The model, which would be be built and badged as an all-new car, but bear strong resemblance in both look and character to the Defender, is currently being considered for production by chemical giant Ineos.
The firm is due to carry out a feasibility study to see if the model is econonically viable for production this year, with the results due in December. If the results are positive, Ineos's director has told Autocar the model is likely to feature a powertrain and underpinnings borrowed from another automotive brand.
"Fundamentally we're not in the industry so we'd want to partner with an experienced brand," explained Tom Crotty. "We think there is an ongoing market for the vehicle if you can make it reliable and conform to [safety and emissions] regulations. We've done a lot of stuff in Africa and they love [the Defender] out there, but they don't love its reliability."
Crotty suggested that sticking with a proven powertrain would be most appropriate, given that it would have to be reliable in extreme climates and conditions. "[An] electric [drivetrain] is too advanced - this car needs to work to work in Sub-Saharan desert," he added, before confirming that the old Defender's Ford Transit-derived diesel engine would definitely not be used.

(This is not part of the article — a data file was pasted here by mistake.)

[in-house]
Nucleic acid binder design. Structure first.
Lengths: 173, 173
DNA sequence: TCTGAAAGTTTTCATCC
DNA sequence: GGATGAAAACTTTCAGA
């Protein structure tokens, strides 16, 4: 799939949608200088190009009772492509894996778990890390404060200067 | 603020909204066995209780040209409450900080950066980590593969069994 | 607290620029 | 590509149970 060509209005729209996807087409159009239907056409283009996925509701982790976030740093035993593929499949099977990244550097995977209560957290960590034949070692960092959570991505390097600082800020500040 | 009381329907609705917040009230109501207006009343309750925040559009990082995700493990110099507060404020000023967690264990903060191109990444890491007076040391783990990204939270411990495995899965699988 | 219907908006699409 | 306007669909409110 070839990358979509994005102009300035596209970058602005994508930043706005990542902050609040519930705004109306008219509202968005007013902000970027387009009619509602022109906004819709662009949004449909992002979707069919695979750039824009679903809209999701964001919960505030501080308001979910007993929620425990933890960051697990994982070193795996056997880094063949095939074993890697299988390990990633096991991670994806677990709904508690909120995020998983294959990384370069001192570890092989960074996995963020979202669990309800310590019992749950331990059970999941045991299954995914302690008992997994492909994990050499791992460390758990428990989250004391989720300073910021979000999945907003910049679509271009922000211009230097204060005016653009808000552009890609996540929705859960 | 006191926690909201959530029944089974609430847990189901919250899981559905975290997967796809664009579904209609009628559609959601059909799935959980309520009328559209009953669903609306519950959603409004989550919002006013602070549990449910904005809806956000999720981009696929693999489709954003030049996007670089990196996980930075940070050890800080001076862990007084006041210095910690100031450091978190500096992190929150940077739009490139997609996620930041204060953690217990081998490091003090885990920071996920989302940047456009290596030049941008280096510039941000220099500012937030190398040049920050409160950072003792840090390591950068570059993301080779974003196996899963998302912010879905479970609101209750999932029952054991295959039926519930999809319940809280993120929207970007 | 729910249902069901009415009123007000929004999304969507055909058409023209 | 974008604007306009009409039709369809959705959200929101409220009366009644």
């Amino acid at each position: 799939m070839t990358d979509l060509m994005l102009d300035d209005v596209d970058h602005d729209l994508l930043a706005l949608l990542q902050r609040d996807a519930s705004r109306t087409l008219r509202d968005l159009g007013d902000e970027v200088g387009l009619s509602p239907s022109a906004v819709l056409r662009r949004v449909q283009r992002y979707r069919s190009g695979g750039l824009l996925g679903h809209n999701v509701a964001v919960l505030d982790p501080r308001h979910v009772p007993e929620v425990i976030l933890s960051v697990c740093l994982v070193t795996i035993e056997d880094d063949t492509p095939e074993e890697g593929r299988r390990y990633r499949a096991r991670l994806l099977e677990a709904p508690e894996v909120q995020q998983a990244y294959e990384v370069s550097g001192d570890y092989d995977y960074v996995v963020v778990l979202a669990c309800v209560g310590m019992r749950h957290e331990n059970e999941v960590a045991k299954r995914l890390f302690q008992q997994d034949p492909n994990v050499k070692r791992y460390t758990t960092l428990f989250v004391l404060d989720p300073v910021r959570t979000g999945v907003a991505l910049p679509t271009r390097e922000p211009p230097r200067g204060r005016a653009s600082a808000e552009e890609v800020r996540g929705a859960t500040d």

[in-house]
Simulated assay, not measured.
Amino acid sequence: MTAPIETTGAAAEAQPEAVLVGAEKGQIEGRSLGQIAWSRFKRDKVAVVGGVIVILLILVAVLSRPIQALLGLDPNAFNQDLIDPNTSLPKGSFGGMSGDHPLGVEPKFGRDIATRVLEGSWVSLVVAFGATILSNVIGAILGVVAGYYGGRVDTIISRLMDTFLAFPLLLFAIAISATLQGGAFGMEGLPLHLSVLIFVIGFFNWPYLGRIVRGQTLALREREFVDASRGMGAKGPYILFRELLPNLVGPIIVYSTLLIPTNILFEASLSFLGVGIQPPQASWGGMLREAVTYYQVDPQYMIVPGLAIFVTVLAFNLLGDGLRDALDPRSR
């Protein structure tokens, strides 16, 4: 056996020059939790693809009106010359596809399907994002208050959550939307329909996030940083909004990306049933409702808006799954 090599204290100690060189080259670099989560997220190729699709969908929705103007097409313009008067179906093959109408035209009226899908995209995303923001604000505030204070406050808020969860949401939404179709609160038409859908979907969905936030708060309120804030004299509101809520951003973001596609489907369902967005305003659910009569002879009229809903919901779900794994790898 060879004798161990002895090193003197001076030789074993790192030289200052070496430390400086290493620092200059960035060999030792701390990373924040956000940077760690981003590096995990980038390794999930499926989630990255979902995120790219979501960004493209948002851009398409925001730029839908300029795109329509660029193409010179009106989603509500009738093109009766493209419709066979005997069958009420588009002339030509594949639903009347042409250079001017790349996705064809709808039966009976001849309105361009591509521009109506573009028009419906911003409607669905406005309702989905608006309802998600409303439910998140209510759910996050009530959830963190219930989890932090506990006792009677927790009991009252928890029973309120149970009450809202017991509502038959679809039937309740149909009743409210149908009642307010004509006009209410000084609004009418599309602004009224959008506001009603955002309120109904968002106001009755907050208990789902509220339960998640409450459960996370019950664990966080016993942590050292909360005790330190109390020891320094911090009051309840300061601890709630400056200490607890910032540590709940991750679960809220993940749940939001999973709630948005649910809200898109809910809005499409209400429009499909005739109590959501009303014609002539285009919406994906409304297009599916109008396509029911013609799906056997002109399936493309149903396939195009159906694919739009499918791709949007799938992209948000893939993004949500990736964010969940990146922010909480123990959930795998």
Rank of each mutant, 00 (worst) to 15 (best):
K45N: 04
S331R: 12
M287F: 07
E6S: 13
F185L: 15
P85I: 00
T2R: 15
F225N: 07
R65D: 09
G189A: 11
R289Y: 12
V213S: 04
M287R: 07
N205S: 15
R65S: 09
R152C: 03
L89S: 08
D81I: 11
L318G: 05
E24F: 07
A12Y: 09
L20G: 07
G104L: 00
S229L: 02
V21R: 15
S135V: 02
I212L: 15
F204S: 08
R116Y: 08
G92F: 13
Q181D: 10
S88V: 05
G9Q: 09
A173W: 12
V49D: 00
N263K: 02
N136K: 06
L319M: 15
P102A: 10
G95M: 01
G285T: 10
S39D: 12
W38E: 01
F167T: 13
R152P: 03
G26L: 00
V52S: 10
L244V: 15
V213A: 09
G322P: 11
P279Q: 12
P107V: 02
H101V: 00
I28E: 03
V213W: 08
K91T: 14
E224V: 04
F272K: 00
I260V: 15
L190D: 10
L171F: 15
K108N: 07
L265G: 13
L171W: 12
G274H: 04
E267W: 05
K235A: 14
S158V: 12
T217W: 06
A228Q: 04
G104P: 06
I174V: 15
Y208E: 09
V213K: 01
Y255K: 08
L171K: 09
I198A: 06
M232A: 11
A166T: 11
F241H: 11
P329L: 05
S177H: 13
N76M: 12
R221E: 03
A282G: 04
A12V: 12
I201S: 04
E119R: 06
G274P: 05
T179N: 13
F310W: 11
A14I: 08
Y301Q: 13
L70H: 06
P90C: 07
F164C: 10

Crotty cited the US and Africa as key markets to be considered for the new model, adding that the US was a largely untapped market for the original Defender. "It's the world's biggest buyer of SUVs and a market of more than 300 million people," he said.
Ineos wants to retain the character of the original Defender, but admits a new model would be "significantly upgraded" in order pass increasingly stringent safety and emissions tests.
"Some of the development would include ground-up design, and some of it would be smaller manufacturing detail changes," explained Crotty. "We’re used to managing enormously high reliability with our machines [in the chemical and energy industries]. The Toyota Land Cruiser will be a benchmark for reliability."
Will it make production?
Ineos first revealed its intention to build a reborn Defender to the press earlier this month. The company, headed by billionaire Jim Ratcliffe, revealed it had held talks with Jaguar Land Rover about the possibility of putting the Defender back into production, but the car maker has repeatedly dismissed the idea.
“There is no way this is happening,” a JLR spokesman said. “We’re not going to let anyone build our Defender.”